Tuesday, January 11, 2022

AG Cameron want robocall restrictions

Attorney General Daniel Cameron today sent a letter to the Federal Communications Commission (FCC) urging the agency to adopt measures to reduce the number of illegal international robocalls, which often lead to scam attempts on Kentuckians. The comment letter to the FCC was joined by a bipartisan coalition of 51 attorneys general.

“Illegal robocalls lead to frustration for Kentucky consumers and are often scam attempts that can result in significant financial losses,” said Attorney General Cameron. “Joining this letter is one part of our concentrated effort to protect Kentuckians from the harm associated with fraudulent calls, and I am grateful to my fellow attorneys general for partnering with us on this initiative.”

In their letter, the coalition calls for the FCC to require gateway providers – the companies that allow foreign calls into the United States – to take steps to reduce the number of robocalls that enter the U.S. telephone network. The attorneys general recommend gateway providers be required to implement STIR/SHAKEN anti-robocall protocols, a caller ID authentication technology that helps prevent spoofed calls, within 30 days of the FCC’s adoption of the rule. This deadline will help eliminate spoofed calls and ensure international calls that originate from U.S. telephone numbers are legitimate.

In their letter, the attorneys general ask the FCC to require gateway providers to take the following measures to reduce robocalls:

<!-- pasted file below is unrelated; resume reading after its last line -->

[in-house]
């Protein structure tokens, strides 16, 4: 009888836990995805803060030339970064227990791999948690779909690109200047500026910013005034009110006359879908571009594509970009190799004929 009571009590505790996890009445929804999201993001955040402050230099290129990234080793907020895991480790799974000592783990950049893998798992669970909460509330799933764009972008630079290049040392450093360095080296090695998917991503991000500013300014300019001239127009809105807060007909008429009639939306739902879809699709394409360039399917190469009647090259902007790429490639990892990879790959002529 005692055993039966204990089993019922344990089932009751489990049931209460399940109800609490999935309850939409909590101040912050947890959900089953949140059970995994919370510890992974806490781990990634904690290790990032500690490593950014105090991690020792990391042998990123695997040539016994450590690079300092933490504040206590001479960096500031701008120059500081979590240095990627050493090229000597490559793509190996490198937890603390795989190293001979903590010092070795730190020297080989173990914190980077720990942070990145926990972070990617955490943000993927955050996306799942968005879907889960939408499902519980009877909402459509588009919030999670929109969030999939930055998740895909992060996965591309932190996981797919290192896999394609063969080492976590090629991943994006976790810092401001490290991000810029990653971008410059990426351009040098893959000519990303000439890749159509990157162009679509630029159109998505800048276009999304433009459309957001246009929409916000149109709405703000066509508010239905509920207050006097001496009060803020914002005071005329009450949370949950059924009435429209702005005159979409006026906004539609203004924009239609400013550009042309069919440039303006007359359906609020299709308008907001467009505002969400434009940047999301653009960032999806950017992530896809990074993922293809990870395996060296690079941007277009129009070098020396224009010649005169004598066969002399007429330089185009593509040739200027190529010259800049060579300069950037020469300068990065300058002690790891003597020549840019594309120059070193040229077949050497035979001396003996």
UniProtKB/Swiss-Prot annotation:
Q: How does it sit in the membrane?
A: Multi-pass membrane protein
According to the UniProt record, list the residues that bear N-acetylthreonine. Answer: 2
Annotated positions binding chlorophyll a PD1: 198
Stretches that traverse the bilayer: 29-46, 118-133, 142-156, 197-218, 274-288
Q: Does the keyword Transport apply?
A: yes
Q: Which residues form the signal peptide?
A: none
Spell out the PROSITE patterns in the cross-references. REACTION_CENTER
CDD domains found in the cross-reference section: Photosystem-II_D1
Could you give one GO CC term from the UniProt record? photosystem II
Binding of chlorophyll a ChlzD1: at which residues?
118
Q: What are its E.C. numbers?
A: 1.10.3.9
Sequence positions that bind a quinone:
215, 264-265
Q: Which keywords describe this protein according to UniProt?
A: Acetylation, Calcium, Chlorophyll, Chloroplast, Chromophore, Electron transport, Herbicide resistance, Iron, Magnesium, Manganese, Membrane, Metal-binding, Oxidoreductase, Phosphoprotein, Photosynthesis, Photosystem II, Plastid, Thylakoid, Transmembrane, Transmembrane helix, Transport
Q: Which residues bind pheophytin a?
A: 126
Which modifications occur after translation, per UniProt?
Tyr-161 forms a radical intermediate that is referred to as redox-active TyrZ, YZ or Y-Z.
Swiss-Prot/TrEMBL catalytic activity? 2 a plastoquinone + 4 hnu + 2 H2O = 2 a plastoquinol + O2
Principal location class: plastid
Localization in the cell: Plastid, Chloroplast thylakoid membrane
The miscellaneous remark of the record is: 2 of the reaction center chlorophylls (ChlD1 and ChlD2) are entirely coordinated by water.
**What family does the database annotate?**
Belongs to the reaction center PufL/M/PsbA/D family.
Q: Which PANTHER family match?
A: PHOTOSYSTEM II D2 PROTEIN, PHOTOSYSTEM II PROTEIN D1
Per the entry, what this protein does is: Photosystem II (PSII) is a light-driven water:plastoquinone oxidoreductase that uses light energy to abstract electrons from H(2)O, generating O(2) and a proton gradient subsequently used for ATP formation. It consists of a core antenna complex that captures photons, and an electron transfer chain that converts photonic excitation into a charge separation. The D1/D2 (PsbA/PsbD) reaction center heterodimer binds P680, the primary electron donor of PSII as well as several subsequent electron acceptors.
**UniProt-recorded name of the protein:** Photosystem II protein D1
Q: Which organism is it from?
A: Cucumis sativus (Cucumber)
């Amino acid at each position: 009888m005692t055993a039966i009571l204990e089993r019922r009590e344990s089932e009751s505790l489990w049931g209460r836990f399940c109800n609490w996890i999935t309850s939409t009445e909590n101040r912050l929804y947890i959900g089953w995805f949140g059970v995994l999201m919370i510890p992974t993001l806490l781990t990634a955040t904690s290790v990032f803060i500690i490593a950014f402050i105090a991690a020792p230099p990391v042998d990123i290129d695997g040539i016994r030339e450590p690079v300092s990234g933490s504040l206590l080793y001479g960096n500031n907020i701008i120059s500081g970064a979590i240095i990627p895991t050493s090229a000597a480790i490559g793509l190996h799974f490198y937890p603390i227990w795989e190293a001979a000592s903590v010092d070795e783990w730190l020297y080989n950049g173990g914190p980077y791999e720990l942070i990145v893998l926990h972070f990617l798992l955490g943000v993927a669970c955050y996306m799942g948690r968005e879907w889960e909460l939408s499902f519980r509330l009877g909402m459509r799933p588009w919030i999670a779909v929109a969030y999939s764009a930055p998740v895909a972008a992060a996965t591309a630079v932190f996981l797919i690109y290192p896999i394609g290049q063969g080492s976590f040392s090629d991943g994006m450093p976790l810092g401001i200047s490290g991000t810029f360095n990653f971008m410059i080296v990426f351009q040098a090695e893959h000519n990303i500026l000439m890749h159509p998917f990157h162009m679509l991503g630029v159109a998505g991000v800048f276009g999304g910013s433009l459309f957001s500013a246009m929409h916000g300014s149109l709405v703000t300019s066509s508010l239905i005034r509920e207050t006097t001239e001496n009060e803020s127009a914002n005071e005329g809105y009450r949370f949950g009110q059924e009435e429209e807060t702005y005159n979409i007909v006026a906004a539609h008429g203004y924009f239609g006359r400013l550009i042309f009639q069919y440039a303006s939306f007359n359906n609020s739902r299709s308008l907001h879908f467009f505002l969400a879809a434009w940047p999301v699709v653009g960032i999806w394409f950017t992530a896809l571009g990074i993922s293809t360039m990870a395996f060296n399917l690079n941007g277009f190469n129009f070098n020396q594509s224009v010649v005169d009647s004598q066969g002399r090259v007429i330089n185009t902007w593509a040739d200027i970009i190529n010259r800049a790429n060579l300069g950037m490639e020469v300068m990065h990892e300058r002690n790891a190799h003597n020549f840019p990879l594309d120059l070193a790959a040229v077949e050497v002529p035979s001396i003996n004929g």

• Respond to requests from law enforcement, state attorneys general, or the FCC to trace back calls within 24 hours.
  • Block calls when providers are aware of an illegal or likely fraudulent caller.
  • Block calls that originate from numbers that are on a “do not originate” list – such as government phone numbers that are for incoming calls only.
  • Require their foreign telephone company partners to ensure calls are made from legitimate numbers.
  • The attorneys general also encourage the FCC to require all phone companies to block calls from a gateway provider, if it fails to meet these requirements.

This is the latest action by Attorney General Cameron to reduce illegal robocalls. In November, he

joined a coalition of 51 attorneys general in sending a letter to the FCC supporting the agency’s efforts to reduce the access that illegal robocallers’ have to legitimate phone numbers.  In response to the letter, the FCC shortened the deadline for smaller telephone companies to implement STIR/SHAKEN.

Attorney General Cameron continues to work with other states through the Robocall Working Group and U.S. Telecom’s Internet Traceback Group to identify and stop scammers.

Attorney General Cameron was joined by the attorneys general from Alabama, Alaska, Arizona, Arkansas, California, Colorado, Connecticut, Delaware, District of Columbia, Florida, Georgia, Hawaii, Idaho, Illinois, Indiana, Iowa, Kansas, Louisiana, Maine, Maryland, Massachusetts, Michigan, Minnesota, Mississippi, Missouri, Montana, Nebraska, Nevada, New Hampshire, New Jersey, New Mexico, New York, North Carolina, North Dakota, Ohio, Oklahoma, Oregon, Pennsylvania, Rhode Island, South Carolina, South Dakota, Tennessee, Texas, Utah, Vermont, Virginia, Washington, West Virginia, Wisconsin, and Wyoming in sending the letter to the FCC.